In a credit default swap, the credit protection buyer pays a fee to the credit protection seller to protect him from the default of a reference asset. As protection, the protection sell will make the payment to the protection buyer on the occurrence of a credit event.
When the credit event occurs, the swap contract terminates, and the settlement payment is made. The amount of settlement payment will depend on the exact details of the contract. The settlement can either be cash settlement or physical settlement.
In case of the cash settlement, the protection seller makes payment equal to a pre-determined value to the protection buyer. The obligation will be valued and the protection seller will pay the protection buyer the full face value of the reference obligation less its current value, that is, it will compensate the protection buyer for the decline in the obligation’s value.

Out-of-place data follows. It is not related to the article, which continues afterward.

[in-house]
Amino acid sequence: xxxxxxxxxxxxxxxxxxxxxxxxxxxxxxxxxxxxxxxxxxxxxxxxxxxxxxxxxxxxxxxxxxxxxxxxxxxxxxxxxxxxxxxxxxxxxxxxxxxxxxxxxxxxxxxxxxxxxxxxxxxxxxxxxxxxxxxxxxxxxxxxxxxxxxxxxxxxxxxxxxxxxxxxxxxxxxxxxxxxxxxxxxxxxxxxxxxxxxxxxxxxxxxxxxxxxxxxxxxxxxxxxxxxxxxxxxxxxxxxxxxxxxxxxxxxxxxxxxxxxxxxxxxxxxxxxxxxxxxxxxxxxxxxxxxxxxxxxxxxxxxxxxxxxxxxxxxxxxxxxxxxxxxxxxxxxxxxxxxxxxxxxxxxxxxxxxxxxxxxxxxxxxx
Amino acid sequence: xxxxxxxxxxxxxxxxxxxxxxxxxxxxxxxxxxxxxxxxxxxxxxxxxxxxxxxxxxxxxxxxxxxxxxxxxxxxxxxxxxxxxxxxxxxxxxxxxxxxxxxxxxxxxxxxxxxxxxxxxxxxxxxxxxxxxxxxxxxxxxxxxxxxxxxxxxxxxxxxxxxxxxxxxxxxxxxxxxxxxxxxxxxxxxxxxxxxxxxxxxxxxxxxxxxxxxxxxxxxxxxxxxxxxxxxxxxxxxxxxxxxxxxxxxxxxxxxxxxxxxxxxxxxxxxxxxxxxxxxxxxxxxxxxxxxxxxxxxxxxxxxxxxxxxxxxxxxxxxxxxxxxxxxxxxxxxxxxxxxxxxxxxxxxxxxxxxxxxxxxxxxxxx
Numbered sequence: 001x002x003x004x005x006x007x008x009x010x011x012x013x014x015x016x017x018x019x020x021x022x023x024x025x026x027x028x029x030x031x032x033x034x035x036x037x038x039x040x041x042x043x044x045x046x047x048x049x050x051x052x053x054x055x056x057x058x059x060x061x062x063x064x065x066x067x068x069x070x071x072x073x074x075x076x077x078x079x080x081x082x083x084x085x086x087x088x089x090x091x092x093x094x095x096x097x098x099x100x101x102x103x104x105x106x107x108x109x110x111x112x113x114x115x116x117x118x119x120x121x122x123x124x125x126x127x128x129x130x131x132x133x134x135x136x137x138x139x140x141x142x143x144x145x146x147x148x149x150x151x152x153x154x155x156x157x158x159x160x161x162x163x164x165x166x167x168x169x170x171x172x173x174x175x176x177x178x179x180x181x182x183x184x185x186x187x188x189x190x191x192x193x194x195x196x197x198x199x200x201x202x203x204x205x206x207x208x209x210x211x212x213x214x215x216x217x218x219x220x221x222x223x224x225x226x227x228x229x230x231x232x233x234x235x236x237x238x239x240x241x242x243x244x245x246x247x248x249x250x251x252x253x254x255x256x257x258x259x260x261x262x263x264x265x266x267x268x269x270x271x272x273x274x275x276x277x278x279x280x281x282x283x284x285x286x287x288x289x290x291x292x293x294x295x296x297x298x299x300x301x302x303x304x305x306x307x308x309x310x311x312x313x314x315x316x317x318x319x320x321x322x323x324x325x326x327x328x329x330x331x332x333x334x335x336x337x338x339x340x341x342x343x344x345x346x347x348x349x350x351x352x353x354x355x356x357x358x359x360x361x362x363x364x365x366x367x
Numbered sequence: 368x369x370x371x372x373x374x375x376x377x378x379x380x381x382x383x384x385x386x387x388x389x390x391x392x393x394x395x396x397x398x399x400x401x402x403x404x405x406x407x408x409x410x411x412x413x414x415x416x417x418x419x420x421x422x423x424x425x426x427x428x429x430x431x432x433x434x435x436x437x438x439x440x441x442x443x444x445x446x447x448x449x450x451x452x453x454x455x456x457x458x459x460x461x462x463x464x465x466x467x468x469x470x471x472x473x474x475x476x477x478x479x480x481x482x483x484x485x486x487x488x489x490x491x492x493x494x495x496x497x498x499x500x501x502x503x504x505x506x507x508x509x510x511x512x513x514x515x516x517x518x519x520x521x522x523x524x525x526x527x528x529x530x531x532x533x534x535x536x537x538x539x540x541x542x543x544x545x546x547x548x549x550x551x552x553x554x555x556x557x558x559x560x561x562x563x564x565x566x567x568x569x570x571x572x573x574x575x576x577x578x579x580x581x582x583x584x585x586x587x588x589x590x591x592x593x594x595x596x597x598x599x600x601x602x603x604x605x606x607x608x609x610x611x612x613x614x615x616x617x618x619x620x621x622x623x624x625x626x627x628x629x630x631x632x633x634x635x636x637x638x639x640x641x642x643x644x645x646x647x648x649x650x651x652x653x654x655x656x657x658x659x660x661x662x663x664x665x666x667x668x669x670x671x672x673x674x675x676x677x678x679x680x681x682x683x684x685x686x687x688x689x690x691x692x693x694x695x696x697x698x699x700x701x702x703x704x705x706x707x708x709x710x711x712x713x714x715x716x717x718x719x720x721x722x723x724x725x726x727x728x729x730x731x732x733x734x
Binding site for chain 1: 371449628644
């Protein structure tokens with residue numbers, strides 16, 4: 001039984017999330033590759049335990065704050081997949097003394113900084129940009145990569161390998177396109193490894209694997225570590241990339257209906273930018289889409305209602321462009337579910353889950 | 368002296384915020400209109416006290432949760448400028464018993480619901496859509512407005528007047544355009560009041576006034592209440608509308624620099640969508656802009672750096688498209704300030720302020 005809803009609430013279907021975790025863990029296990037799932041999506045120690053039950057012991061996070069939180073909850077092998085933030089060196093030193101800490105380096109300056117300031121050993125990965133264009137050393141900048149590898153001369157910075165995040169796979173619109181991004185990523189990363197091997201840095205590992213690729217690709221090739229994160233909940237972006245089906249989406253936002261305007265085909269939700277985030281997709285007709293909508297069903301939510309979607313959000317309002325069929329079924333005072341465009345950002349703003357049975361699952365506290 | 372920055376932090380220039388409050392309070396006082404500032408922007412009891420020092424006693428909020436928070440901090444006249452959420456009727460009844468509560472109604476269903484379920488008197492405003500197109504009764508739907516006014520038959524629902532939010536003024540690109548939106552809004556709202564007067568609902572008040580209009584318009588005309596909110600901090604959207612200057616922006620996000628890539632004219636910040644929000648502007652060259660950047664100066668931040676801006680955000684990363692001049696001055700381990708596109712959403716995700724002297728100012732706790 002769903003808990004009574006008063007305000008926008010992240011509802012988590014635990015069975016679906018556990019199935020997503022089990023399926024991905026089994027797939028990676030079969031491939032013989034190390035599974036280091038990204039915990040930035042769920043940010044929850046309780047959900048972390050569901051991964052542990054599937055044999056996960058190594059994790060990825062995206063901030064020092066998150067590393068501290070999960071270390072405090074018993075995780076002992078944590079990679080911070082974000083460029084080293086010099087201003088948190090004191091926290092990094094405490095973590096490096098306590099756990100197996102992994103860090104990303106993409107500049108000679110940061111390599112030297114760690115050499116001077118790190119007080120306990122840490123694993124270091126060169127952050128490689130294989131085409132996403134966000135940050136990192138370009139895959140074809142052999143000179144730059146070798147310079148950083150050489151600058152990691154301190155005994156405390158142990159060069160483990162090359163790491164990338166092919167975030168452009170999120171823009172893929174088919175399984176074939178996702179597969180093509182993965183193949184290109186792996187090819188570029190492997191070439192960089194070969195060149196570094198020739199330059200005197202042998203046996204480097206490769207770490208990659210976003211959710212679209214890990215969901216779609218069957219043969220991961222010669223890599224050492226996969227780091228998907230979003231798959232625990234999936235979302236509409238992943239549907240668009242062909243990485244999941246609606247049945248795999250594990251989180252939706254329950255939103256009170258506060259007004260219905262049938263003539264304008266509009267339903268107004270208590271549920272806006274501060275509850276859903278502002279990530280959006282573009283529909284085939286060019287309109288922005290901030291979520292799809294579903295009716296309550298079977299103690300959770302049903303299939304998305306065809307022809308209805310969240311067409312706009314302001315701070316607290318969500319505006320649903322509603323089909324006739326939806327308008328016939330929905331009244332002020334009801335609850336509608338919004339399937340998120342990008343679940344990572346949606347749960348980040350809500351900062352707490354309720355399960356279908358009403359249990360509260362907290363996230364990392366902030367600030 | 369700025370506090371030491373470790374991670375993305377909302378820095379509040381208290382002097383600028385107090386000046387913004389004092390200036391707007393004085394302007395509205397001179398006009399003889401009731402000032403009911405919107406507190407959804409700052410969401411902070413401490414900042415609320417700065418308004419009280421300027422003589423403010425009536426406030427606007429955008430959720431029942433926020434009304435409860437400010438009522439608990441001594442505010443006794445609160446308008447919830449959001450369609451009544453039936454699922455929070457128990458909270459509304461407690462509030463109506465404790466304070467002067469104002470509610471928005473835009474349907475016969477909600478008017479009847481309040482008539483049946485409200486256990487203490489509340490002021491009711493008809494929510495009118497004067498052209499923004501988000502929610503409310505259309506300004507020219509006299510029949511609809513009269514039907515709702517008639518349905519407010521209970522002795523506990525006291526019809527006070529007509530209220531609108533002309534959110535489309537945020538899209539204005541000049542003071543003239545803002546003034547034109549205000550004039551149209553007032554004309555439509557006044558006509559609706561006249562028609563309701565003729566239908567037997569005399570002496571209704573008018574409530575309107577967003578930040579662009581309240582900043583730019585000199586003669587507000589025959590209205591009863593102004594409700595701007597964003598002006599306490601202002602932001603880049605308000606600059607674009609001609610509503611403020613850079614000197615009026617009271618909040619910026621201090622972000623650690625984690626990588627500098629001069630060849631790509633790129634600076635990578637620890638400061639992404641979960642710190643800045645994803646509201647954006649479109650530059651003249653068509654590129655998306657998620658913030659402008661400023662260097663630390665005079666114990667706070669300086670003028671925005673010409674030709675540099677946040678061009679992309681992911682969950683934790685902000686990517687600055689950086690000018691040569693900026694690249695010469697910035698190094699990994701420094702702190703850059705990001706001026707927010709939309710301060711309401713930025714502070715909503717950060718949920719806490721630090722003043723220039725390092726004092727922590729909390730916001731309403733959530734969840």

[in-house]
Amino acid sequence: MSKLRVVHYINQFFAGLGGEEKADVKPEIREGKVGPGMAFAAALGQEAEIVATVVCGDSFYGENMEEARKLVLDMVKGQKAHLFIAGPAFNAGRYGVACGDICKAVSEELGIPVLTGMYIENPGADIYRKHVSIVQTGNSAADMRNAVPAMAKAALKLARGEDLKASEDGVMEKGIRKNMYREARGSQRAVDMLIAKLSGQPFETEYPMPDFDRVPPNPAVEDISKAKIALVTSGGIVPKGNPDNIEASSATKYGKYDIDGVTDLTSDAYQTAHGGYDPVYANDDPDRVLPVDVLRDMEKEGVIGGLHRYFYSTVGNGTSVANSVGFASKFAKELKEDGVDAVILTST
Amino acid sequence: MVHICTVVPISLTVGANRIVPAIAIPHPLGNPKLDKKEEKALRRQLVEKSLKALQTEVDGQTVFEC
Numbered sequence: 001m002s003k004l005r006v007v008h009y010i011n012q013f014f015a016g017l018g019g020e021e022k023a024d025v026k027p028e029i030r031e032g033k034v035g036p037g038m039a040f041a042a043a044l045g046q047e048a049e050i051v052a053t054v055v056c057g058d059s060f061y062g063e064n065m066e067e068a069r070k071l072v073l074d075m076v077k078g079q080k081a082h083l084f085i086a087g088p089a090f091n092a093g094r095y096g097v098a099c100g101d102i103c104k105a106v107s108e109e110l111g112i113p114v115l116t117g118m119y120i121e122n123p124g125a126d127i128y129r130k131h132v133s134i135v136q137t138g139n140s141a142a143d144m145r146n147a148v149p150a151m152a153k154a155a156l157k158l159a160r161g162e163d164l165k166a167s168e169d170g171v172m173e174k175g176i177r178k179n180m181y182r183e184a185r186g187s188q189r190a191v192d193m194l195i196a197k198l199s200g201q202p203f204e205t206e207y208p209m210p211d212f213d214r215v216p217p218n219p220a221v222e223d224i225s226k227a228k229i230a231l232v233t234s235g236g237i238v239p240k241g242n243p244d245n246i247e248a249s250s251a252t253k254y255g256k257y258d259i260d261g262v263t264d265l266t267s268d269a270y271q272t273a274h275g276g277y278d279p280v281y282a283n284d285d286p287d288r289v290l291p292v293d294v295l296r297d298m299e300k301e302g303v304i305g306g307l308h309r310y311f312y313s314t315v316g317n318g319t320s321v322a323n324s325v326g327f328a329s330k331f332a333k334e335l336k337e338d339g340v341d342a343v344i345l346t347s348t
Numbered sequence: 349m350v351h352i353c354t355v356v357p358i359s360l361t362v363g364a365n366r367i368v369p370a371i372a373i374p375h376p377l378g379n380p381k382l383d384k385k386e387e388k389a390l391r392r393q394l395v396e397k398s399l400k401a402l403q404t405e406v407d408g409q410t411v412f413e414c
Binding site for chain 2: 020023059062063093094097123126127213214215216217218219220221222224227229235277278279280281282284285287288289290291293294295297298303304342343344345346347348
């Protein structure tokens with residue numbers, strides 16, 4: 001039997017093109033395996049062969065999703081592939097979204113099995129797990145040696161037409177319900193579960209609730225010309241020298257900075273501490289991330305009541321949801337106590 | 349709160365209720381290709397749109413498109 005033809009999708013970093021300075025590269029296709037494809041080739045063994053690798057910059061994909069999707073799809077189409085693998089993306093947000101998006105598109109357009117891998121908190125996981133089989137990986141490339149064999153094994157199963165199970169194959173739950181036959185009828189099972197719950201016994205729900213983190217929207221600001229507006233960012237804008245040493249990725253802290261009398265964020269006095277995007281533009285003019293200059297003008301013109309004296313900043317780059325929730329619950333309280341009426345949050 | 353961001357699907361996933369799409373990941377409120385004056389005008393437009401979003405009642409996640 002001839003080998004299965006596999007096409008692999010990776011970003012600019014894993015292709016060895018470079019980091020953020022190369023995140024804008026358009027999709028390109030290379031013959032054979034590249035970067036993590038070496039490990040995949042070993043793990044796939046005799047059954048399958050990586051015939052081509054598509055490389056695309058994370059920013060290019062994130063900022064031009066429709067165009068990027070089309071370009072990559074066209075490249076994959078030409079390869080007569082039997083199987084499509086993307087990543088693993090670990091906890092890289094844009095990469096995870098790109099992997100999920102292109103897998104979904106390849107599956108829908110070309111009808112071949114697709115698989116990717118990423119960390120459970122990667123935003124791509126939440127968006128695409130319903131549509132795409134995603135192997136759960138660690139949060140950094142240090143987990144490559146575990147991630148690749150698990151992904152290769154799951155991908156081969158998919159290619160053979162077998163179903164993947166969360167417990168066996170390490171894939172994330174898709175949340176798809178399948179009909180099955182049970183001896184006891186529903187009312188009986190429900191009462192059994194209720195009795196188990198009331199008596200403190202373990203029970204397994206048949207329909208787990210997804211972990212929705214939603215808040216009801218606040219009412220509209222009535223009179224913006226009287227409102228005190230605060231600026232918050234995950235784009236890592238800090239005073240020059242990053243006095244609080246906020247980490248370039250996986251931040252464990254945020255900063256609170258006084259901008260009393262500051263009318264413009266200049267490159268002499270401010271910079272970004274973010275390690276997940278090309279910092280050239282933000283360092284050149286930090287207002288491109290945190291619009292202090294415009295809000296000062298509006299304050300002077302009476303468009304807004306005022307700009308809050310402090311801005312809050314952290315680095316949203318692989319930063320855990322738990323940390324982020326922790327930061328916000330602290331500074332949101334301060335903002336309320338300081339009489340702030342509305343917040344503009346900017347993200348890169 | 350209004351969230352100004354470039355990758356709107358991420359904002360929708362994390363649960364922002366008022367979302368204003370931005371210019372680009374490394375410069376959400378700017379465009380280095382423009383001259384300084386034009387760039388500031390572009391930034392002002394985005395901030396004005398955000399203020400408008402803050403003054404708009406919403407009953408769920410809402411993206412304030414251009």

In case of physical settlement, the protection sell will pay the face value of the asset to the buyer and the buyer will give the reference asset to the seller. The contract may also specify the alternative assets that can be delivered. If the contract has more than one alternative asset mentioned in it, then the buyer will always deliver the one that is the cheapest among them all. This is where the concept of cheapest to deliver comes in.